• 2/24/2014 2 Coveros helps organizations accelerate the delivery of secure, reliable software About Coveros Our consulting services: – Agile software development – Application security – Software quality assurance Agile services Areas of Expertise 3© Copyright 2013 Coveros, Inc.. All rights reserved. Agile services – Agility assessments – Process improvement – Hands-on agile software development – Agile project management – Agile testing and automation – Agile training by role Wh t thi t lk iWhat this talk is NOT about 4© Copyright 2013 Coveros, Inc.. All rights reserved. Penetration testing Testing tools Test cases
  • 2/24/2014 3 Wh t thi t lkWhat this talk IS about 5© Copyright 2013 Coveros, Inc.. All rights reserved. Mobile threats Mobile risks Test strategy based on these Agenda Mobile applications: the perfect security stormMobile applications: the perfect security storm – Typical architecture(s) – A changing threat model Mobile risks and test strategies – Local storage – Session management – Untrusted clients 6© Copyright 2013 Coveros, Inc.. All rights reserved. – Native code – Mobile platforms – Traditional risks Getting more help
  • 2/24/2014 4 Mobile Apps: The Perfect Security Storm Fat client concerns Traditional sw security concernsconcerns 7© Copyright 2013 Coveros, Inc.. All rights reserved. Untrusted apps Untrusted users Traditional web security concerns A Changing Threat Model New Attack Profiles Mobile Apps: The Perfect Security Storm New Attack Profiles – Increased access by malicious users – Malicious 3rd party applications – Increased information for attacking application back-ends Fluid Trust Boundaries – Level of trust necessary to use 3rd party applications 8© Copyright 2013 Coveros, Inc.. All rights reserved. – Local access to sensitive data Nuances of Mobile Platforms – Differing security models – Different vulnerabilities due to programming languages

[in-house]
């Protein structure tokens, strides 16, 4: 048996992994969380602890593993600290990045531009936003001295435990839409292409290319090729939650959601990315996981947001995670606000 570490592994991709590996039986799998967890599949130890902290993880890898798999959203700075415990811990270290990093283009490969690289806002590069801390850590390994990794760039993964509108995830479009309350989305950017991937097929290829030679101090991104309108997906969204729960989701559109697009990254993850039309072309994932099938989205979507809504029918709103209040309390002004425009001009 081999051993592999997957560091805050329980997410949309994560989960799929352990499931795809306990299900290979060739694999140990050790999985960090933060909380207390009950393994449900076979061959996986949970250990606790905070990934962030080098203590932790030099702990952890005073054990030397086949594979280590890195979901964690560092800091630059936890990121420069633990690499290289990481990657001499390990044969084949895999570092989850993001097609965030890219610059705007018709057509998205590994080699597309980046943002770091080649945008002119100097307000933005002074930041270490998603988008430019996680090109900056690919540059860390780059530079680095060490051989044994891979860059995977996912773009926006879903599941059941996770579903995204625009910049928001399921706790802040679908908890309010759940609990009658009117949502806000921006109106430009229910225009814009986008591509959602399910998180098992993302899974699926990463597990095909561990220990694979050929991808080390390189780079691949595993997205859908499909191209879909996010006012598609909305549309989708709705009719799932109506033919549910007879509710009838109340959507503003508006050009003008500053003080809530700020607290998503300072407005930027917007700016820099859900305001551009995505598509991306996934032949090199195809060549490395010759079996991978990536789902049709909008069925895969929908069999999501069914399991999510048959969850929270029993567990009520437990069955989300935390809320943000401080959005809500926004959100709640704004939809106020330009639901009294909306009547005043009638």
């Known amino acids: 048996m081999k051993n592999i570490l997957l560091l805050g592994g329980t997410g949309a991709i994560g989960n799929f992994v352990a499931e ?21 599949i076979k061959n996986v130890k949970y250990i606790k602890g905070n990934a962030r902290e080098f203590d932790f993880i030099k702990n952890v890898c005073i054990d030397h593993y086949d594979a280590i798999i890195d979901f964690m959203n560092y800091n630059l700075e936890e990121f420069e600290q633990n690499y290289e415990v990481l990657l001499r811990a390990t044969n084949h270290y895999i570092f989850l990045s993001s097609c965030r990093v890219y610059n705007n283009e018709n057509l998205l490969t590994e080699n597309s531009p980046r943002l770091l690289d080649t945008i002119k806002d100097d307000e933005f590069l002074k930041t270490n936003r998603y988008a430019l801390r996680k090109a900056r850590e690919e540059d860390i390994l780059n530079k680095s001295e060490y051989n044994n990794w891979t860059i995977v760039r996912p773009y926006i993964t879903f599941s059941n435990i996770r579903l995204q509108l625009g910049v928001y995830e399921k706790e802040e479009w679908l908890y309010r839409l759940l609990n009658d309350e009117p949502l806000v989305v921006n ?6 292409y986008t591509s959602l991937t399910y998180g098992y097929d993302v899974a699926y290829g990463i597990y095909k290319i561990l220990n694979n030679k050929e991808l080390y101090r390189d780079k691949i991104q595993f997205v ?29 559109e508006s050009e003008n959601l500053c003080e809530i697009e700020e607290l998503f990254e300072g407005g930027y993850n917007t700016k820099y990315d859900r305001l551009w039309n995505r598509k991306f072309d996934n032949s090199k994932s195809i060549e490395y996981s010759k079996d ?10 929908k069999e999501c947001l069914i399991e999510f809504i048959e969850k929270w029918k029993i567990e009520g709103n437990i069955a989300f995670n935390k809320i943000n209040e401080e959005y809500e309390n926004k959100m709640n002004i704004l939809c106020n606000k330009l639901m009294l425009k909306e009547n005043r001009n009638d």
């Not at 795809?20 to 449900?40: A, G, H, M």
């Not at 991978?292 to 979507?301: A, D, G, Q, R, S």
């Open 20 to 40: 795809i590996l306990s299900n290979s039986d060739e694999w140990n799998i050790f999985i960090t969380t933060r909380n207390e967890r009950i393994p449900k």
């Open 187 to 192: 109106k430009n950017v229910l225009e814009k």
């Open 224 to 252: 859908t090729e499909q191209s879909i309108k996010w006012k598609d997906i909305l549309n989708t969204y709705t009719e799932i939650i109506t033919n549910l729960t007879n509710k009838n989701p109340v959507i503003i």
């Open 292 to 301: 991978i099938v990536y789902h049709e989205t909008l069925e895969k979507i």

• 2/24/2014 5 Mobile Risks Local storage – Storage of data (implicitly or explicitly) on a device Mobile App Security g g ( p y p y) Session management – Managing the on-going interactions between a mobile app user and the rest of a distributed environment Untrusted clients – Client requests might not be legitimate Nati e Code Nati e code is still pre alent in mobile applications 9© Copyright 2013 Coveros, Inc.. All rights reserved. Native Code – Native code is still prevalent in mobile applications Mobile Platforms – How the device (and OS) configures and controls apps Traditional Risks – Other risks we already know about Do Not Allow Storage of Sensitive Data on Devices Why? Devices use flash memory for local storage Mobile App Security: Best Practices – Devices use flash memory for local storage – External devices have global data permissions – Data encryption libraries and key management functions are often misused by developers – UI screens are captured and stored in “temporary” storage What to test/check for 10© Copyright 2013 Coveros, Inc.. All rights reserved. – Sensitive data is properly stored on back-end servers behind a firewall – Sensitive data is replaced on UI with replacement tokens or partial data when it doesn’t need to be fully viewable – Encryption routines for any local data uses a computational key derivation function for keys